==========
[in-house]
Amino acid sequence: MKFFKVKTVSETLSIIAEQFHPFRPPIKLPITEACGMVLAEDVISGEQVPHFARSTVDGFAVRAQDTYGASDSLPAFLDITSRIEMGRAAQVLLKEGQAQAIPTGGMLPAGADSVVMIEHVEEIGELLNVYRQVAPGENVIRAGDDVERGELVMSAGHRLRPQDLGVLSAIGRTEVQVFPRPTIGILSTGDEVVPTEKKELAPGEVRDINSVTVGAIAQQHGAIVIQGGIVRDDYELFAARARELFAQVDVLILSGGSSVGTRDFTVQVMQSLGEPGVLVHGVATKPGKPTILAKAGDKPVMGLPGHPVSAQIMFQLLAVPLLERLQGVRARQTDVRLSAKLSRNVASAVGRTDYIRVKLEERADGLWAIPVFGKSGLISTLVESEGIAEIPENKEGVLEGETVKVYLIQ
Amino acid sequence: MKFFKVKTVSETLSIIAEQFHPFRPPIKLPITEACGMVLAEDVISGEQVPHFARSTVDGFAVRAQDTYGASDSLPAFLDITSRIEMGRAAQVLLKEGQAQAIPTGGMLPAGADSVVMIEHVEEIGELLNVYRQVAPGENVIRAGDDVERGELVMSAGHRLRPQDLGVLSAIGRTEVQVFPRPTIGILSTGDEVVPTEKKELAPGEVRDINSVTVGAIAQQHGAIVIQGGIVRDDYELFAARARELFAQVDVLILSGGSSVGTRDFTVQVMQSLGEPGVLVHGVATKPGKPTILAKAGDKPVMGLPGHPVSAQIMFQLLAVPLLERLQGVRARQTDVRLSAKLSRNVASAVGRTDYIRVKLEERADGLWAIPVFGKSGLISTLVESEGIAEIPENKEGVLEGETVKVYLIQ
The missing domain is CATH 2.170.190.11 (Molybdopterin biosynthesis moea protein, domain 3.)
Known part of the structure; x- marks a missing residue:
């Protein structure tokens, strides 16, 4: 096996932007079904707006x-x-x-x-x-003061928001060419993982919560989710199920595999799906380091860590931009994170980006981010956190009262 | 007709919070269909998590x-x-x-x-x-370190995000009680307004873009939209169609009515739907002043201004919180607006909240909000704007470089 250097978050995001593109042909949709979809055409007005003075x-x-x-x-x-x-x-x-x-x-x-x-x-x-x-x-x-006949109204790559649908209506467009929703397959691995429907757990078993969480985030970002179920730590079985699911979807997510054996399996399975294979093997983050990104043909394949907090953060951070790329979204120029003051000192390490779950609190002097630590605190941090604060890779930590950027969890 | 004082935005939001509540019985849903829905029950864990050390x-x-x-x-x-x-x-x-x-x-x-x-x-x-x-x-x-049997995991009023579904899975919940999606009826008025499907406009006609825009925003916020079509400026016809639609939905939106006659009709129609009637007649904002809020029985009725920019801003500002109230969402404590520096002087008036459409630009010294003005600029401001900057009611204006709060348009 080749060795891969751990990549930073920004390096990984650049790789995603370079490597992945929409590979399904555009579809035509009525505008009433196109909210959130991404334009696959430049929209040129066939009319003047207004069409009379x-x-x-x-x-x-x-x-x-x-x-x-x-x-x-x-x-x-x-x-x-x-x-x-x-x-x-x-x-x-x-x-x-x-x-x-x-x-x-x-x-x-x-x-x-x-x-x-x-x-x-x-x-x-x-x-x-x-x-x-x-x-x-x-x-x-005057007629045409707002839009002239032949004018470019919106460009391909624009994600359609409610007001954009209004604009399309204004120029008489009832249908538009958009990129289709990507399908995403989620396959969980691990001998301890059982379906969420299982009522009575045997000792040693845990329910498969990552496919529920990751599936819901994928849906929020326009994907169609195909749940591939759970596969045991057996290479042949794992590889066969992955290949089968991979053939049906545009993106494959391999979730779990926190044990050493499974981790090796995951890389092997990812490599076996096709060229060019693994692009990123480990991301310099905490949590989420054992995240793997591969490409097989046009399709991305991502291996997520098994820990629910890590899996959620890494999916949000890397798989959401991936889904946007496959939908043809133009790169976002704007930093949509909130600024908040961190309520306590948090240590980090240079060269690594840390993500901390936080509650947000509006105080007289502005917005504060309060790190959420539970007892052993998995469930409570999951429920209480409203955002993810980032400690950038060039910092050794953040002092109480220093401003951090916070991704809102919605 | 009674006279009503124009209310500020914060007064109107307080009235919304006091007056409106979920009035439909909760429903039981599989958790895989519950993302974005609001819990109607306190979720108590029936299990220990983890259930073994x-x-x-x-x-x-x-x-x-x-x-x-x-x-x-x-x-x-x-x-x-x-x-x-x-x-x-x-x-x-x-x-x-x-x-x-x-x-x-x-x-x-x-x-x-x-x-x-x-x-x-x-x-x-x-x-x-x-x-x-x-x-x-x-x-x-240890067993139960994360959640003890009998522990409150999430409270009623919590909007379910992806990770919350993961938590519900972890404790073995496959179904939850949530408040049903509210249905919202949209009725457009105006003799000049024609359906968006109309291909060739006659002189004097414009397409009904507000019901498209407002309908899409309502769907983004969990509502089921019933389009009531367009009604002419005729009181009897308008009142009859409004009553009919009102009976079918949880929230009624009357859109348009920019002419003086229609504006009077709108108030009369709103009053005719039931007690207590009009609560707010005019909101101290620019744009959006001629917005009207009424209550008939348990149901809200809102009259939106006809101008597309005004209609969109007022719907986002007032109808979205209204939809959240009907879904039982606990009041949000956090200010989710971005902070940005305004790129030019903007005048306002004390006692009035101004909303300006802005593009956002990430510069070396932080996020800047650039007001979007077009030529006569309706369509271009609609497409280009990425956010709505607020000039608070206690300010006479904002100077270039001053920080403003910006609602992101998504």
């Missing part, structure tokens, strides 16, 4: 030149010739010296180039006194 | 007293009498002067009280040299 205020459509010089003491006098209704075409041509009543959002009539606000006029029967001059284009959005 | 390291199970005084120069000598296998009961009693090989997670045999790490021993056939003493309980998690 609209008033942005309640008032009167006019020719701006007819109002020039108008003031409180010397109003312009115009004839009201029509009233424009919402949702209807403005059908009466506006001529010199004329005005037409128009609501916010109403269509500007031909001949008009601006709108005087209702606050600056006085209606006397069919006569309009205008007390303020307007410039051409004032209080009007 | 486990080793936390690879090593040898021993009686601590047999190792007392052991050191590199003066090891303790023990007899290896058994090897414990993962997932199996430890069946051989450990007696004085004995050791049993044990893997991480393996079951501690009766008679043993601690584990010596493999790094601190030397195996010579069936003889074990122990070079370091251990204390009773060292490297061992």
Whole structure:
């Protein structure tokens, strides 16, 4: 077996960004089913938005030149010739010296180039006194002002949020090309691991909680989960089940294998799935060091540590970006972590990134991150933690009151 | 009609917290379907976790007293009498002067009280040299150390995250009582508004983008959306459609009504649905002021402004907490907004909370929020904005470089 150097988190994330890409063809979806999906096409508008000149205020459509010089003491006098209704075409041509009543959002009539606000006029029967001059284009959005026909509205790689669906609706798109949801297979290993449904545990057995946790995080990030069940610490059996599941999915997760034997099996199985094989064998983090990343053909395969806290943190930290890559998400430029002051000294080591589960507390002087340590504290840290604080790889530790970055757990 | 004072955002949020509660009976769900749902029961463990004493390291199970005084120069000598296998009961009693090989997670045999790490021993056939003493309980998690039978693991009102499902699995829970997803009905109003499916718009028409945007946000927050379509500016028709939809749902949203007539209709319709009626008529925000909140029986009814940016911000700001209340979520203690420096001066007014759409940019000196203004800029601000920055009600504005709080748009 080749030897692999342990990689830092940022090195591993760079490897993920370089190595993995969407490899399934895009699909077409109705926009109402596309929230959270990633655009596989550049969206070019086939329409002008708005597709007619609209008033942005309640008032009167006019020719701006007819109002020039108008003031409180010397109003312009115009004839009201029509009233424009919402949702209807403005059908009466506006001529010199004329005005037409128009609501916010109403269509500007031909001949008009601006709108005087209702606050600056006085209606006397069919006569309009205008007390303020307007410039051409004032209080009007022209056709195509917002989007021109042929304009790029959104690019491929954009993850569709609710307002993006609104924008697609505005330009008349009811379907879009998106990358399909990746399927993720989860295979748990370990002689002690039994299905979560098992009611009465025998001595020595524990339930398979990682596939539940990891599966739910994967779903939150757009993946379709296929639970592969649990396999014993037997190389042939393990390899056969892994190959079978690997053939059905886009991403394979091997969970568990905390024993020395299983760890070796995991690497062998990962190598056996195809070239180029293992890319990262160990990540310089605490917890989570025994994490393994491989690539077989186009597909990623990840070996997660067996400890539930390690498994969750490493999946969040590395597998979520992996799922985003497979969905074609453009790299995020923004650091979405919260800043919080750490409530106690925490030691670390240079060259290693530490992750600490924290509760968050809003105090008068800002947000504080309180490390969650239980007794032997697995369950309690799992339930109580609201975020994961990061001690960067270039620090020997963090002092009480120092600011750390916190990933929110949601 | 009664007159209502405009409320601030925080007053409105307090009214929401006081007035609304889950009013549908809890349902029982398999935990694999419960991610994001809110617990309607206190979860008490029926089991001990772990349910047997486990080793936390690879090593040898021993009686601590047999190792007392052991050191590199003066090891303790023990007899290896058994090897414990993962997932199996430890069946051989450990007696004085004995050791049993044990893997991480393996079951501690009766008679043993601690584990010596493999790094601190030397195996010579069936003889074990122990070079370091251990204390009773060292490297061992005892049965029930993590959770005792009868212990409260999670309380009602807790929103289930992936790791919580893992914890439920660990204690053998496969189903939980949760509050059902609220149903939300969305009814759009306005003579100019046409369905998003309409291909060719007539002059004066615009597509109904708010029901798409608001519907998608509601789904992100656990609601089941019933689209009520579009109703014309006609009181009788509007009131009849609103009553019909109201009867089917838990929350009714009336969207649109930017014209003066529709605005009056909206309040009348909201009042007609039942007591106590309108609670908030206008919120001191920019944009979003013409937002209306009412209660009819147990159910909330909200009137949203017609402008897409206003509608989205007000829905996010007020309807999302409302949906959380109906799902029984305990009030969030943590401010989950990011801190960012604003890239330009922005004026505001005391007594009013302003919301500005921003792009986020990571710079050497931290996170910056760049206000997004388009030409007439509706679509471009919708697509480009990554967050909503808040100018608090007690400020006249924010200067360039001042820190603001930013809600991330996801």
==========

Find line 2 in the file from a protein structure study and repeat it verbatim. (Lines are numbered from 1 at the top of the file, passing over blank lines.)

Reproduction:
Amino acid sequence: MKFFKVKTVSETLSIIAEQFHPFRPPIKLPITEACGMVLAEDVISGEQVPHFARSTVDGFAVRAQDTYGASDSLPAFLDITSRIEMGRAAQVLLKEGQAQAIPTGGMLPAGADSVVMIEHVEEIGELLNVYRQVAPGENVIRAGDDVERGELVMSAGHRLRPQDLGVLSAIGRTEVQVFPRPTIGILSTGDEVVPTEKKELAPGEVRDINSVTVGAIAQQHGAIVIQGGIVRDDYELFAARARELFAQVDVLILSGGSSVGTRDFTVQVMQSLGEPGVLVHGVATKPGKPTILAKAGDKPVMGLPGHPVSAQIMFQLLAVPLLERLQGVRARQTDVRLSAKLSRNVASAVGRTDYIRVKLEERADGLWAIPVFGKSGLISTLVESEGIAEIPENKEGVLEGETVKVYLIQ